Re: Costs of operating an airliner/Mileage

From:         rdd@cactus.org (Robert Dorsett)
Organization: Capital Area Central Texas UNIX Society, Austin, Tx
Date:         30 Apr 93 02:23:23 PDT
References:   1
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In article <airliners.1993.361@ohareChicago.COM> you write:
>My advisor and I were talking about aviation because he flies a lot and I  
>wish I did :-), and he gave a stat Lufthansa published that the optimal  
>"mileage" that a fully loaded 747 can attain is 80 miles/gallon/person. Is  
>this a reasonable number?
>
>Also, take a 767 BOS-SFO flight. Assuming a packed flight, how much does  
>it cost to operate, including fuel, cost of the plane, pilots, staff,  
>landing fees, peanuts, etc. Therefore, how much does the company need in  
>total airfare to break even. How much does this come out to per person. Is  
>80 miles/gallon/person a reasonable "mileage".

Rather than speculate, Aviation Week & Space Technology carries a regular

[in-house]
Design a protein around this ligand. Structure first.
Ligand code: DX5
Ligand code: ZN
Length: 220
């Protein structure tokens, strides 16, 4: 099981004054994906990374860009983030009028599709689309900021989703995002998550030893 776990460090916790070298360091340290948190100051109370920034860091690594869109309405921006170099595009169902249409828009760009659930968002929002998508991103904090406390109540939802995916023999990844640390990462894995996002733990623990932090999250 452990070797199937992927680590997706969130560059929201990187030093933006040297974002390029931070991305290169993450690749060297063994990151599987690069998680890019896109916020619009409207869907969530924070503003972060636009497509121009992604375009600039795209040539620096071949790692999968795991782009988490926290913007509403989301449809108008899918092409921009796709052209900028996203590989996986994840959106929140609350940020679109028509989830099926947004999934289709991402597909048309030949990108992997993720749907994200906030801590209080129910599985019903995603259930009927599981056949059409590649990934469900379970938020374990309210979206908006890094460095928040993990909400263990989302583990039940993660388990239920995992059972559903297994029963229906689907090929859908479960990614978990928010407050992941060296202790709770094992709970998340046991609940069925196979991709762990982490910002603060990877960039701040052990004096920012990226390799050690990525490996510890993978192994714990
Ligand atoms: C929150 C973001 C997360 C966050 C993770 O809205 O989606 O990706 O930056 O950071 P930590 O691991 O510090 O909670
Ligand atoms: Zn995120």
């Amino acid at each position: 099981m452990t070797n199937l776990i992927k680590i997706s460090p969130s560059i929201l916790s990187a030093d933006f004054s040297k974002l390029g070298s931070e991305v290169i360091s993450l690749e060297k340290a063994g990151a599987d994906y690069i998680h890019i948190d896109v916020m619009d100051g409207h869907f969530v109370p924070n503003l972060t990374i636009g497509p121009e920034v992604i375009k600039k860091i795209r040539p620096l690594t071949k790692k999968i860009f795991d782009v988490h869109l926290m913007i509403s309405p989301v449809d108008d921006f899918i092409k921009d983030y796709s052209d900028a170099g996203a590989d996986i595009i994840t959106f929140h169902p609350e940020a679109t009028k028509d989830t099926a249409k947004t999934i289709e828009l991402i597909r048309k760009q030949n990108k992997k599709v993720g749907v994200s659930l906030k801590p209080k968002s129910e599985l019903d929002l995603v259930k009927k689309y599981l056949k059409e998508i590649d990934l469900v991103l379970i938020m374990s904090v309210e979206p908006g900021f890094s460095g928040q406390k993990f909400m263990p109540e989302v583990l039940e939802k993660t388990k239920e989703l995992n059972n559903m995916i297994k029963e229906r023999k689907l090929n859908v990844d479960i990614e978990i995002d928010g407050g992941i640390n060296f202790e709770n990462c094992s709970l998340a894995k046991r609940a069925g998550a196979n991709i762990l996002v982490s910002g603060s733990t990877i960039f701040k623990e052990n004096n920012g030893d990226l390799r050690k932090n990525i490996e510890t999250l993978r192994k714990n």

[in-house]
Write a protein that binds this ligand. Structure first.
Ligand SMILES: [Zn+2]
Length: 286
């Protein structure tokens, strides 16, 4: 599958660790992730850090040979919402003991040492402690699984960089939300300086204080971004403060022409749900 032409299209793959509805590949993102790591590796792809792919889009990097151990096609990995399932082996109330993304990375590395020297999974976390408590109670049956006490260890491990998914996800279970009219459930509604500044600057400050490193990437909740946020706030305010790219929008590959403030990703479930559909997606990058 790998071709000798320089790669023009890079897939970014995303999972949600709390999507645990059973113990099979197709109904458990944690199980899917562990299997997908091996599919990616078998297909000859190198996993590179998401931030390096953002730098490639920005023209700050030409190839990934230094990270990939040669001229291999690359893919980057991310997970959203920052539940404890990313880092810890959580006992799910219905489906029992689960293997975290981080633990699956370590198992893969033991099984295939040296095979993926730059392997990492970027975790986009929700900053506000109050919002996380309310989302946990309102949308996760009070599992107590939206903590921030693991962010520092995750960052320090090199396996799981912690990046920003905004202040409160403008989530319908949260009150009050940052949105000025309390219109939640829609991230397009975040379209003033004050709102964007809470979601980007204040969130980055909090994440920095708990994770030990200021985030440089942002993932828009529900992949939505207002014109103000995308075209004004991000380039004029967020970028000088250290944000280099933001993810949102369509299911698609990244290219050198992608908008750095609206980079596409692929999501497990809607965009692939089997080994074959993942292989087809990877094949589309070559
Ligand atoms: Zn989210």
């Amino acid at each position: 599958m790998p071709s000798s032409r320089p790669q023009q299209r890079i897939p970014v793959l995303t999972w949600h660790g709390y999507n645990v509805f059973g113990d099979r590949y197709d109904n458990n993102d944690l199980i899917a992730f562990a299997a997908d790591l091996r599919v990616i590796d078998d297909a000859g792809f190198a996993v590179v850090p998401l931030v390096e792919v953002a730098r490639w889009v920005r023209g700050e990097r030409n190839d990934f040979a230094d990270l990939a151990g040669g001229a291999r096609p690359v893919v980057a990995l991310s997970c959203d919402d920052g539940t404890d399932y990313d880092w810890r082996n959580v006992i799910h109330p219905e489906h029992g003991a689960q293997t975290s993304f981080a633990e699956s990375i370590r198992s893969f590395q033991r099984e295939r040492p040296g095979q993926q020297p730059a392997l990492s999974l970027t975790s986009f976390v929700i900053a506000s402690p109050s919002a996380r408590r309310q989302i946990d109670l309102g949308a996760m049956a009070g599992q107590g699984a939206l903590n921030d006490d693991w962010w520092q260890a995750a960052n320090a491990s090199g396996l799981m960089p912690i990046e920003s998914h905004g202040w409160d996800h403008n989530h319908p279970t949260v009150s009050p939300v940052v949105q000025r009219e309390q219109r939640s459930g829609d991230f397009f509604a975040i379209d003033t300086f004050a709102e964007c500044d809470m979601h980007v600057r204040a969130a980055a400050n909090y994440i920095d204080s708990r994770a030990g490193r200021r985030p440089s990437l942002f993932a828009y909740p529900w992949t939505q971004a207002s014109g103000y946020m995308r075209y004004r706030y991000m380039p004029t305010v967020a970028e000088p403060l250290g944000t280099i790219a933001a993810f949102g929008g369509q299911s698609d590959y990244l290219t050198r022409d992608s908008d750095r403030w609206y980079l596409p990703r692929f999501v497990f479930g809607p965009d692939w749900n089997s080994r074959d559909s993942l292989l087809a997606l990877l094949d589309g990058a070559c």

column totalling various airline direct operating costs.  The World Aviation
Directory also has a similar section.  Both of these should be more than
adequate for you to form your own conclusions.

There is, however, no easy answer: the total is a function of fuel burn, 
other tangibles (oil, hydraulic fluid, etc), passenger-service items, and 
crew costs.  The two major hidden costs are the quality of maintenance the 
airline has access to, and the type of financing the airplane was purchased 
under.  A heavily leveraged airline may make an airplane profitable, whereas 
a poorer one might not--and a government-sponsored or supported airline can 
often just wipe the books clear and proceed on a direct-operating and 
maintenance costs basis. (ala Concorde)

Even having access to case-instance data may not help: AvLeak listed the
per-hour operating costs for Pan Am 747 at about $6K a few years ago, whereas
the next runner-up was about $3.5K.  





---
Robert Dorsett
rdd@cactus.org
...cs.utexas.edu!cactus.org!rdd